During the school holidays, I attended an Engineering camp for Aboriginal students, and the people I met there were faced with the same challenges as me. They also had to deal with stereotypes and the challenges faced with being an Aboriginal student. I asked them what they thought of the school programs offered for Aboriginal students that teach Aboriginal culture, and they said that “they enjoyed them.” This was our only difference. I explained to them that my parents taught me that the family should only teach culture at home. All the programs on offer, such as the ARTIE program, had no science, no maths, no technology and only offered me a certain certificate of year 12 competition. They didn't offer me a further development in the subjects I'm studying and it also threatened to make me miss classes.
I’ve said ‘no’ to it all and used school to focus on my subjects, which I was still uncertain about.
2017: Taking to new heights with drones
2017 soon came, and so did school. After my STEM camp, I understood many concepts and ideas about engineering, but I still didn’t know where I was going career-wise. A few weeks later, Air Force Cadets started back up, but Murray Hastie and Burton had not come back. I don’t know why they left, but they told me at school “that they weren’t interested and would rather hang out with their mates on Friday.” It was a shame, but they were entitled to their own opinions, and there was nothing I could do to persuade them to come back.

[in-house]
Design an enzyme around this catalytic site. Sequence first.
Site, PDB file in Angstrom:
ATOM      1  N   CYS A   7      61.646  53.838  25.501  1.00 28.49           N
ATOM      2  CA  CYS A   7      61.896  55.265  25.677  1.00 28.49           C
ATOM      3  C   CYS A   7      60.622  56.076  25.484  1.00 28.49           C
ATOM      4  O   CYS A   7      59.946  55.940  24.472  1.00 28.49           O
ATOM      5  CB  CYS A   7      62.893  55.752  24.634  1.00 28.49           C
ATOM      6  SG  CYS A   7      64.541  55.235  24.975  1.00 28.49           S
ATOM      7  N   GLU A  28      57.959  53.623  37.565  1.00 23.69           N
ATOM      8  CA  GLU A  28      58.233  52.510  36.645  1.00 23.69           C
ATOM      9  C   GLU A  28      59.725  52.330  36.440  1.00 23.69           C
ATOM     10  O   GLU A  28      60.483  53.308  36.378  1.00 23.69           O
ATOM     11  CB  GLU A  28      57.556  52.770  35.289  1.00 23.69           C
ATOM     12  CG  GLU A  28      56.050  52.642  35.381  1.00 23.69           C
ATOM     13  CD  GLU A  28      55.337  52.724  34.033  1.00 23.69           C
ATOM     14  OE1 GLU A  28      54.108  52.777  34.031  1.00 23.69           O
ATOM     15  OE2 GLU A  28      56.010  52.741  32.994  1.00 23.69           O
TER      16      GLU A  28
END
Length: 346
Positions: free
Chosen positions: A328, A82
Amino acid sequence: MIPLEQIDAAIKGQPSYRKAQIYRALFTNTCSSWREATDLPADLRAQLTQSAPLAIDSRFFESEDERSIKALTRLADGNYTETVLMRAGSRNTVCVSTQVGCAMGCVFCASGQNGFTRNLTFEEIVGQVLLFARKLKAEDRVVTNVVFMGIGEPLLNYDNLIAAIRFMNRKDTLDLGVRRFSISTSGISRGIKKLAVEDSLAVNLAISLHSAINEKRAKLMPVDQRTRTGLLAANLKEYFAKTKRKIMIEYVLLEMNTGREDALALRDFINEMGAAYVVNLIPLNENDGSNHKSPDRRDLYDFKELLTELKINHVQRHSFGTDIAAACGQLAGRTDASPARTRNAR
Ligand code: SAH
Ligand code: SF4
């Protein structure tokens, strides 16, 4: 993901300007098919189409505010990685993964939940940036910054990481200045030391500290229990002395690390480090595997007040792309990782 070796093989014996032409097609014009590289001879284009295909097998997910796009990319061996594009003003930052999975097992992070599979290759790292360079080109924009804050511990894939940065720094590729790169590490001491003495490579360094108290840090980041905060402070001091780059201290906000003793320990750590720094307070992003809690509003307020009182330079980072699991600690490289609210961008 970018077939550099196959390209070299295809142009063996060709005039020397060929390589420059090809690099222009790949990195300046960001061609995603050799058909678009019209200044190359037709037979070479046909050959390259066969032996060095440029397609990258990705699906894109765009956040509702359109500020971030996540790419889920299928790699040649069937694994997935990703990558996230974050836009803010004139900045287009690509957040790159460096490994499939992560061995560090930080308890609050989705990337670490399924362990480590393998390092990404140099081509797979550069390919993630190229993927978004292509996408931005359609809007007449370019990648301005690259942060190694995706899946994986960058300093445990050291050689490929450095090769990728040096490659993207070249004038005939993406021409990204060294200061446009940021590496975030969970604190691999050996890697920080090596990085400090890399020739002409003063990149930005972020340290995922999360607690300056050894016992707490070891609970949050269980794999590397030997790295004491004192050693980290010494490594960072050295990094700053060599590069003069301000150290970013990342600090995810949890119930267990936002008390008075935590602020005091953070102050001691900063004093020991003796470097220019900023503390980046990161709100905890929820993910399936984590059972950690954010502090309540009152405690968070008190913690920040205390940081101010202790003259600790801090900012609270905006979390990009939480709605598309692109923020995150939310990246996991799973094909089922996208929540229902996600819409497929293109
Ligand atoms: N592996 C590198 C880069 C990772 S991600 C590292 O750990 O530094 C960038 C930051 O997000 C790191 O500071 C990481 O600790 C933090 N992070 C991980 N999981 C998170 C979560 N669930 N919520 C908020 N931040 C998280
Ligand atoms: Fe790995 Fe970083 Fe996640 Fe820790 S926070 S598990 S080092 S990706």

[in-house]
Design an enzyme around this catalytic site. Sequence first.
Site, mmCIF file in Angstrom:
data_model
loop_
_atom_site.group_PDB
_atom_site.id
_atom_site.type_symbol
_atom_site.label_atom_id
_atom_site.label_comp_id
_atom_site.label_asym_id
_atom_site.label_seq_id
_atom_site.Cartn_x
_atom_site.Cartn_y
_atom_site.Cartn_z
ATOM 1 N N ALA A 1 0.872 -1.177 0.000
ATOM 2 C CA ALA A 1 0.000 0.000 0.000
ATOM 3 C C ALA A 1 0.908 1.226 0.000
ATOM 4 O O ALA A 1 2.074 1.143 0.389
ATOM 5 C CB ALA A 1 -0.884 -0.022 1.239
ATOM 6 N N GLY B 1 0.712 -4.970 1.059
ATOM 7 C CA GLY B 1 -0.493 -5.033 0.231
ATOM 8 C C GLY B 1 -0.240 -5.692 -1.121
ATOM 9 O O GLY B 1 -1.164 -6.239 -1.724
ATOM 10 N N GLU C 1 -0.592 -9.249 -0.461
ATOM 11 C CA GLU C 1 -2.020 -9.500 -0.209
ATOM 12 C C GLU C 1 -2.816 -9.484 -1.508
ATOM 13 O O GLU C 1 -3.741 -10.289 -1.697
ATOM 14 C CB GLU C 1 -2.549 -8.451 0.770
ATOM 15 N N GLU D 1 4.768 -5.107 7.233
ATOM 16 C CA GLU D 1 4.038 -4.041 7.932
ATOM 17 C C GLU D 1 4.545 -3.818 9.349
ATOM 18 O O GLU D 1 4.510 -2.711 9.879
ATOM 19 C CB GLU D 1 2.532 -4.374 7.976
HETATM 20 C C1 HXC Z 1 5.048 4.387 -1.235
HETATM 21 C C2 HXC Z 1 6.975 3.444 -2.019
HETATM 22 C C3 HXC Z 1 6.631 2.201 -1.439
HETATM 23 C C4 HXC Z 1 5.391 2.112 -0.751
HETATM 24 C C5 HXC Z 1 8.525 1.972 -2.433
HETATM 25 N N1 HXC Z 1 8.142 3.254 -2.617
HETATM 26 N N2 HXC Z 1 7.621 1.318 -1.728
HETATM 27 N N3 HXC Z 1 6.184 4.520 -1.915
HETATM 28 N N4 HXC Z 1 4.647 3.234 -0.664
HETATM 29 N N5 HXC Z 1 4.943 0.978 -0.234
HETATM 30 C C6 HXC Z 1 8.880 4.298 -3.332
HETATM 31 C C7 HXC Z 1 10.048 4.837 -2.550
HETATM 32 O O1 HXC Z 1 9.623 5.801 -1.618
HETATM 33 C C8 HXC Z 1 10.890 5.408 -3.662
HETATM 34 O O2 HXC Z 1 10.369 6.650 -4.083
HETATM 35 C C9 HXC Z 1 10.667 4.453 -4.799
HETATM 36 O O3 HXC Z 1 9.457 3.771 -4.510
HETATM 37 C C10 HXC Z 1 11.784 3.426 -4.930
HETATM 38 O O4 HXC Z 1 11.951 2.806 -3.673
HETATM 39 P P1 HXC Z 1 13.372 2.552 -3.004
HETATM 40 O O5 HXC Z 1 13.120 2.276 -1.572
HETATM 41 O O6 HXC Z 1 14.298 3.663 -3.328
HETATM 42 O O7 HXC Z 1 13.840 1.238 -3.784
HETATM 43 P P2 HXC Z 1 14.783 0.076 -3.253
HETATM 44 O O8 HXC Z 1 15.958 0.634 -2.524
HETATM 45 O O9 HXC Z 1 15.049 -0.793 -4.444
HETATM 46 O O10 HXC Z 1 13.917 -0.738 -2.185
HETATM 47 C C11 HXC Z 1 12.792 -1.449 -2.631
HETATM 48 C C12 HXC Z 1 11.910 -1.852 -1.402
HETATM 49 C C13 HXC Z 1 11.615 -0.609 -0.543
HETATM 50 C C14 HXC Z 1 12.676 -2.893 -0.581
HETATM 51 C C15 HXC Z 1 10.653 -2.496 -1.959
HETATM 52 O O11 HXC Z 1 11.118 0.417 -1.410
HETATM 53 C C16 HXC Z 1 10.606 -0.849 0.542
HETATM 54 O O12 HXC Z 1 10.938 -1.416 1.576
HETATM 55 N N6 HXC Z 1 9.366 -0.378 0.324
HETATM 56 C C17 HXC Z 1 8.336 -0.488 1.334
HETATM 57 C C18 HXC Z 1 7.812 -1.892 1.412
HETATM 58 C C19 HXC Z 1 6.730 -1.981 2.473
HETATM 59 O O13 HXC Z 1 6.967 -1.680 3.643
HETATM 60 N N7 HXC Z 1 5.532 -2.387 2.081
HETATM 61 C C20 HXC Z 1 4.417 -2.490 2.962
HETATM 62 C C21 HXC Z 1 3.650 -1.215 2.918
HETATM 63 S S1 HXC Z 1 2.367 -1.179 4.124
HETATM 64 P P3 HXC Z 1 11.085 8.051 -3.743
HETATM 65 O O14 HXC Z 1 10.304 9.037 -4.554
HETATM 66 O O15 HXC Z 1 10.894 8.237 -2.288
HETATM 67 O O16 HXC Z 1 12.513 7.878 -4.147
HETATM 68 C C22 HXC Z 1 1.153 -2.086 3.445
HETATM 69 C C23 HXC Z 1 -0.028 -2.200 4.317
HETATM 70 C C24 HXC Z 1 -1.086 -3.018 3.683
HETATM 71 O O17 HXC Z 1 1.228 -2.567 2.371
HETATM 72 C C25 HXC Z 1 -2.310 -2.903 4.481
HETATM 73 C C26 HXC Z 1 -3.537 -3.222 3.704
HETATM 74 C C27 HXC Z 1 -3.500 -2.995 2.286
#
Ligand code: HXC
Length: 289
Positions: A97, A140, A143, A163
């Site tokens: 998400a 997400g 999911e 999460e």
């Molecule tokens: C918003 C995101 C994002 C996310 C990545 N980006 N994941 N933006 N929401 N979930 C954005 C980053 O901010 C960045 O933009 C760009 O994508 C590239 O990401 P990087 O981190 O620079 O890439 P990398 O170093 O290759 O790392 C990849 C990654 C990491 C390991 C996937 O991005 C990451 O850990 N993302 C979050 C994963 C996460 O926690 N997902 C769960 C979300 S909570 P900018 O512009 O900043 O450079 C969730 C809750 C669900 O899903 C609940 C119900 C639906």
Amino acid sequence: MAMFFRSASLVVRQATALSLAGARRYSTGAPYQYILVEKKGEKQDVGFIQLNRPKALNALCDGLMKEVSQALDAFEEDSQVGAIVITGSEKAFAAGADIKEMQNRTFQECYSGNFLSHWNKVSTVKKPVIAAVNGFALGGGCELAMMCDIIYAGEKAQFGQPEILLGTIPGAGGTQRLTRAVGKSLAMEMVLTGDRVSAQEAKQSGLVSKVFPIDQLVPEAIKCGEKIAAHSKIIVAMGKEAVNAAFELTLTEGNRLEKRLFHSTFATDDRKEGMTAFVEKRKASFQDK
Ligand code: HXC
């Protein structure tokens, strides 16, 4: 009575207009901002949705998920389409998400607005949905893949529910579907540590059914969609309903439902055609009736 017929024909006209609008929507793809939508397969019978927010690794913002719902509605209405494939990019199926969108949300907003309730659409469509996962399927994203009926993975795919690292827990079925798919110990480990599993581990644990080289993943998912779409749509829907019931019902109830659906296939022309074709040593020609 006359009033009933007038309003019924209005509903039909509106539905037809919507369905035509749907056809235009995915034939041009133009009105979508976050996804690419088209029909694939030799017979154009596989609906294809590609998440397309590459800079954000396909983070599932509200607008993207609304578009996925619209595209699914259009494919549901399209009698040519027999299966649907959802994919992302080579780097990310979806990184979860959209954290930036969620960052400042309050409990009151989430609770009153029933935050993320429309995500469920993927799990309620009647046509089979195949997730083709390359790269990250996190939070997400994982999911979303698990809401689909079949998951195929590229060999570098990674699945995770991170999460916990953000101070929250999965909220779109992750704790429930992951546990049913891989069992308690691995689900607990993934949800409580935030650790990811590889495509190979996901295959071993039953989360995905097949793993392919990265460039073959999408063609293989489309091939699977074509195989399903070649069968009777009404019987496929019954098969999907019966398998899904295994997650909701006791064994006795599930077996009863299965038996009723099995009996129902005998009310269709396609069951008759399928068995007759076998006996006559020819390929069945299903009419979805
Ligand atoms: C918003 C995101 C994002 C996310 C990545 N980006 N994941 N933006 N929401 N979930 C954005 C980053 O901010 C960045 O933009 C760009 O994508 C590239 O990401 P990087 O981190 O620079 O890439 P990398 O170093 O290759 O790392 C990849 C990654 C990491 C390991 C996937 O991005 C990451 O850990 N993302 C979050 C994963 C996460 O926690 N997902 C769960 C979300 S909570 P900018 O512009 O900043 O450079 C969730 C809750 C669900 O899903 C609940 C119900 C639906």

My Dad got an email a few weeks before the semester break, and it said that ‘She Maps’ was holding a drone camp. I was interested and knew nothing about drones, yet the excitement of handling a drone was thrilling. I didn’t know what to expect when my Mum drove me to Trinity Bay State School for the course. I was excited and also a nervous wreck.
But after an introduction to drones from She Maps Education Director, Karen, and learning how to code and fly the Parrot Mambo drones, I found that I loved flying drones. I learned a lot from Karen in the three days. She inspired me; I remember her telling us that less than 1% of pilots are women, and I was shocked but not surprised.
School started again, and I soon got an email about the 2017 ‘Tournament of Drones.’ There are two things I love. Flying drones and competing. So, I got my two friends Natalie and Tess, and trained them on how to fly a drone. It took three weeks of preparation, but we were ready. We competed in multiple challenges and came fourth.
In all defeats, people are bound to feel disappointed, but I didn’t. I considered my defeat an achievement and was determined to come back in 2018 with the most teams and win.